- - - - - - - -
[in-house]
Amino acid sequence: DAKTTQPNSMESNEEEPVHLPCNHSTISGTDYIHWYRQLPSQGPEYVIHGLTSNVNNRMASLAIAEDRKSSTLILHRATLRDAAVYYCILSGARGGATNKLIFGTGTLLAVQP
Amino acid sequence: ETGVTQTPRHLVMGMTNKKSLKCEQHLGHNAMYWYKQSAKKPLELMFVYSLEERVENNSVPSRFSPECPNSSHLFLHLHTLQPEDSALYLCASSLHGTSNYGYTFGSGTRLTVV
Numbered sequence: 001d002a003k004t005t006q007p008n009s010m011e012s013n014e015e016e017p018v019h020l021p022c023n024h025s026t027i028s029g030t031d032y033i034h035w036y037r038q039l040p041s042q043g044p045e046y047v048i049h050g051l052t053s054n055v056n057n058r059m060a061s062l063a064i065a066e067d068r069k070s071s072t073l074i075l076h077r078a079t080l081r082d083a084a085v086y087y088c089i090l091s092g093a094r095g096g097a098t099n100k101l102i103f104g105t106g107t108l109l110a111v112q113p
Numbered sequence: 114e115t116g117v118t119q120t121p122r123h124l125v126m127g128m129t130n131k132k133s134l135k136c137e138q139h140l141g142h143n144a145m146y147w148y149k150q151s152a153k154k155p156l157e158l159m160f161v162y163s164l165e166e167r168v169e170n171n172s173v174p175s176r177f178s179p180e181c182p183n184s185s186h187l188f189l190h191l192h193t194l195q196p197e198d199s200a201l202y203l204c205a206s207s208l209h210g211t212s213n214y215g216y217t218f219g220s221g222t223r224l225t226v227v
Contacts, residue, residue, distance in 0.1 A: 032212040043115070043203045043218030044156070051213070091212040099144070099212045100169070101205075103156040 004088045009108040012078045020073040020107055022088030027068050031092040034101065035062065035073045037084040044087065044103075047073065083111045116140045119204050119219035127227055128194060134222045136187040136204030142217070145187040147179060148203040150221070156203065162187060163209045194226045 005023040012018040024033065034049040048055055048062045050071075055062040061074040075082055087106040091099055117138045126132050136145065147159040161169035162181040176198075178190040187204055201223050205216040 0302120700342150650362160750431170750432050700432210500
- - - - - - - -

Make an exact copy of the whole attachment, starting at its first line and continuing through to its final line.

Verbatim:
[in-house]
Amino acid sequence: DAKTTQPNSMESNEEEPVHLPCNHSTISGTDYIHWYRQLPSQGPEYVIHGLTSNVNNRMASLAIAEDRKSSTLILHRATLRDAAVYYCILSGARGGATNKLIFGTGTLLAVQP
Amino acid sequence: ETGVTQTPRHLVMGMTNKKSLKCEQHLGHNAMYWYKQSAKKPLELMFVYSLEERVENNSVPSRFSPECPNSSHLFLHLHTLQPEDSALYLCASSLHGTSNYGYTFGSGTRLTVV
Numbered sequence: 001d002a003k004t005t006q007p008n009s010m011e012s013n014e015e016e017p018v019h020l021p022c023n024h025s026t027i028s029g030t031d032y033i034h035w036y037r038q039l040p041s042q043g044p045e046y047v048i049h050g051l052t053s054n055v056n057n058r059m060a061s062l063a064i065a066e067d068r069k070s071s072t073l074i075l076h077r078a079t080l081r082d083a084a085v086y087y088c089i090l091s092g093a094r095g096g097a098t099n100k101l102i103f104g105t106g107t108l109l110a111v112q113p
Numbered sequence: 114e115t116g117v118t119q120t121p122r123h124l125v126m127g128m129t130n131k132k133s134l135k136c137e138q139h140l141g142h143n144a145m146y147w148y149k150q151s152a153k154k155p156l157e158l159m160f161v162y163s164l165e166e167r168v169e170n171n172s173v174p175s176r177f178s179p180e181c182p183n184s185s186h187l188f189l190h191l192h193t194l195q196p197e198d199s200a201l202y203l204c205a206s207s208l209h210g211t212s213n214y215g216y217t218f219g220s221g222t223r224l225t226v227v
Contacts, residue, residue, distance in 0.1 A: 032212040043115070043203045043218030044156070051213070091212040099144070099212045100169070101205075103156040 004088045009108040012078045020073040020107055022088030027068050031092040034101065035062065035073045037084040044087065044103075047073065083111045116140045119204050119219035127227055128194060134222045136187040136204030142217070145187040147179060148203040150221070156203065162187060163209045194226045 005023040012018040024033065034049040048055055048062045050071075055062040061074040075082055087106040091099055117138045126132050136145065147159040161169035162181040176198075178190040187204055201223050205216040 0302120700342150650362160750431170750432050700432210500